But Bonnke did not start that away. He got to know the Lord at the tender age of 9 and was miraculously birthed with the vision for lost souls in Africa. He was said to have been seen distributing bread in a vision and the bread kept increasing. That was a pointer that God was going to use him greatly. He was eventually called to do missions in Africa. But he did not venture into missions without first being trained at a Bible College in Wales. He was ordained in Germany.
But it was in the small country of Lesotho that God placed in him the burden for the continent of Africa. He saw the continent washed in the precious blood of Jesus. It was that vision that set him on fire and led him to lay his life on the altar of evangelism. He was quite ambitious at the beginning. In those early days rather than hold open air crusades he built a tent that could take 800 and takes this tent to wherever he held crusades.
In a 12-minute video clip where he shared his story, Bonnke recounted that the tent could no longer take people because of the increase in attendance. He then built a tent that could take 45000 people. But the unexpected happen. The tent was struck by a strange wind and it tore into shreds. A despondent Bonnke went to the Lord and there the Lord told him ‘My glory shall henceforth be your canopy’. The tragedy became a triumph. He abandoned the idea of using tent.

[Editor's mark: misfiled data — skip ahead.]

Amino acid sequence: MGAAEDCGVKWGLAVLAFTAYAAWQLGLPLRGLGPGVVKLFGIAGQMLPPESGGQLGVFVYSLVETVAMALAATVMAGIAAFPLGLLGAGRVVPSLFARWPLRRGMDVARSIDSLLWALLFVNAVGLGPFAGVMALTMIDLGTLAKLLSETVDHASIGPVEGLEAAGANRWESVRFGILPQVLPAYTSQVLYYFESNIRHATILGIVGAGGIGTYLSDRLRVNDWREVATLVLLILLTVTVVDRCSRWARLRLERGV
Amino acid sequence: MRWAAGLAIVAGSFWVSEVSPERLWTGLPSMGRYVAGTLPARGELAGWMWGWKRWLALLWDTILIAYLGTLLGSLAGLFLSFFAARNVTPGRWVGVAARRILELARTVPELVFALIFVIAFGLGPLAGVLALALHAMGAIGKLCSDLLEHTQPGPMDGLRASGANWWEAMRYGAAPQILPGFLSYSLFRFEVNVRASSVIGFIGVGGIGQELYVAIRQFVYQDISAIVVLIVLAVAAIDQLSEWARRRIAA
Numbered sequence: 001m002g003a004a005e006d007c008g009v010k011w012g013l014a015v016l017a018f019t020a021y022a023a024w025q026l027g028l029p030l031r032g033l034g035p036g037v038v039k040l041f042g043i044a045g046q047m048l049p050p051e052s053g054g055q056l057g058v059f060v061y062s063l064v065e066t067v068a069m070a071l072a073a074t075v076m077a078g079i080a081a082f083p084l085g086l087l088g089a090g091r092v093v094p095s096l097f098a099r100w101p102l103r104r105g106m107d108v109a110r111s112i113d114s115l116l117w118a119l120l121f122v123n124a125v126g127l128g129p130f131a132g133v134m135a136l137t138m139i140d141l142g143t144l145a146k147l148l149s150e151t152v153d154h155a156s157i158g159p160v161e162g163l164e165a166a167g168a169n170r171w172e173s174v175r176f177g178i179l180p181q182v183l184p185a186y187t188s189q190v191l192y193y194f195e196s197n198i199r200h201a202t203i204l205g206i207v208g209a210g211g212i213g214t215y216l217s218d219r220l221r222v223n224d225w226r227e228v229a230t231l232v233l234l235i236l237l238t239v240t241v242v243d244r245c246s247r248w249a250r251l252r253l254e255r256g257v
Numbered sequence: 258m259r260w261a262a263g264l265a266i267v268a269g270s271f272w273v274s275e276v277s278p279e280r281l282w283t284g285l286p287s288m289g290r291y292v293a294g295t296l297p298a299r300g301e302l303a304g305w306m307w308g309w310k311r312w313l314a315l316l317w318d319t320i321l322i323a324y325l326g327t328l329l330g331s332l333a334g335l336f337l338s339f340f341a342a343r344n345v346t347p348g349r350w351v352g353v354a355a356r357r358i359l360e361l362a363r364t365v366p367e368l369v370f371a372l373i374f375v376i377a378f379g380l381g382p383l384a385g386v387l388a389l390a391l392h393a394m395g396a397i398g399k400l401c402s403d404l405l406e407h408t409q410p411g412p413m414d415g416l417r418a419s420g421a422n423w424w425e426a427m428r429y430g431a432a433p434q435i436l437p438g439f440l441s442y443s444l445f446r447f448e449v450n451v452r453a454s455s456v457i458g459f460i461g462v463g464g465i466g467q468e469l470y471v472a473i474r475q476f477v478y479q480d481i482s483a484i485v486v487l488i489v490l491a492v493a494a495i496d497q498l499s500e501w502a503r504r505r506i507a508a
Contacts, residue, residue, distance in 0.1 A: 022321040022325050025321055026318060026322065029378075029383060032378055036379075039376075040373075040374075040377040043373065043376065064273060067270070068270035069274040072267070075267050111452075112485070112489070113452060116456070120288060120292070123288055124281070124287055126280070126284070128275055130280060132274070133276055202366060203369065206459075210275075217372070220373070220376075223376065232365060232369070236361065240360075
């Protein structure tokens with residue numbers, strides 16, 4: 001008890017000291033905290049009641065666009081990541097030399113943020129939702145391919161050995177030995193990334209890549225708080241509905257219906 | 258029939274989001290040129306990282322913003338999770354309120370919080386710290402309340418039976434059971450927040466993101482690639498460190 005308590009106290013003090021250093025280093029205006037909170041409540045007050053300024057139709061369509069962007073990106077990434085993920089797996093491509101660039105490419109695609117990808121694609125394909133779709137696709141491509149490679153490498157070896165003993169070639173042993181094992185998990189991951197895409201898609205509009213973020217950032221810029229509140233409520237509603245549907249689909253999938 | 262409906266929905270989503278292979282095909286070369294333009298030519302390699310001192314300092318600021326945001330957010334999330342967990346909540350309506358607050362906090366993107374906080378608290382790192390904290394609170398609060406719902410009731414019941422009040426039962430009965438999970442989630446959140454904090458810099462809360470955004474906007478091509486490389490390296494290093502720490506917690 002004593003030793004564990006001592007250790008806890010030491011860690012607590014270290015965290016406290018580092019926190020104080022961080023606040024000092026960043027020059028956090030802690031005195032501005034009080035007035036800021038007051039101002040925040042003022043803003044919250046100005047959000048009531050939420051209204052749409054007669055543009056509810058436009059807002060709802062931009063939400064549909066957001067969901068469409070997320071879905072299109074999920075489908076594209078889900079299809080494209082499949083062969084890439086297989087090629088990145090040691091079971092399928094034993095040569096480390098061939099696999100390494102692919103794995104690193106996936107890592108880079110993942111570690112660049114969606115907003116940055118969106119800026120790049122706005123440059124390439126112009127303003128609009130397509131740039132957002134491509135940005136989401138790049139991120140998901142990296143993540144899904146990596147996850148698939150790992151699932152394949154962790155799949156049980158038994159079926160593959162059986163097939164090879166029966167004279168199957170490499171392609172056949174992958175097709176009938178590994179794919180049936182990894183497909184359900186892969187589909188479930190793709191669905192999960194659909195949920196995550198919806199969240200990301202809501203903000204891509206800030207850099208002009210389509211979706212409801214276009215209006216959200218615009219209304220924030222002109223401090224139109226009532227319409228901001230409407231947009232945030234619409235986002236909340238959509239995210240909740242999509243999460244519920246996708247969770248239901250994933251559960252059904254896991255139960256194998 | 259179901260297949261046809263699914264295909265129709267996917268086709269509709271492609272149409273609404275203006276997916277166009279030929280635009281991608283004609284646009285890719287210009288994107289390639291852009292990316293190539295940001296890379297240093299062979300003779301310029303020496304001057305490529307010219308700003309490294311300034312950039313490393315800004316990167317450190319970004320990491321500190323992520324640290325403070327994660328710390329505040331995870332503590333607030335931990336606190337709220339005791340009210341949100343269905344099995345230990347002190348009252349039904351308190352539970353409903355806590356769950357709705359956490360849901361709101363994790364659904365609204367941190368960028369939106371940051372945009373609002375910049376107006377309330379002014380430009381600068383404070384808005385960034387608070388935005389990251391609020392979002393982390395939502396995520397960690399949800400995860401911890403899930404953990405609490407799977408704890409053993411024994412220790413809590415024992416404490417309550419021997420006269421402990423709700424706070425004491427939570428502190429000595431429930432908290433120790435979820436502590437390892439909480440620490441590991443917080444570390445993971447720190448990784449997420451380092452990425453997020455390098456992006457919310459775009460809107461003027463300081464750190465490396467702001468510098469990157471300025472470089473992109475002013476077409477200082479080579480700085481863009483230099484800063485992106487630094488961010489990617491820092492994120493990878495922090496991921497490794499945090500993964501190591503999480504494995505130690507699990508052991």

Subsequently attendance at his crusades soared. He had recorded close to two million in attendance at many of his crusades using towering sound systems that can be heard from miles.
Now, Bonnke who held his first ever evangelical crusade in 1975 in Bostwana is set to hand over the burning torch. Though he has officially handed over the running of the ministry to a younger fellow, named Daniel Kolenda, He will officially sign off from holding crusades in the month of November. But that will not come until after he has held a farewell crusade.
From November 8- 12 opposite OPIC estate along Lagos Ibadan express road, Nigeria will witness the last signature of Bonnke’s crusade on the soil of Africa. He is coming with all the passion and the zeal of over 45 years running crusades across Africa. He is coming with his heart.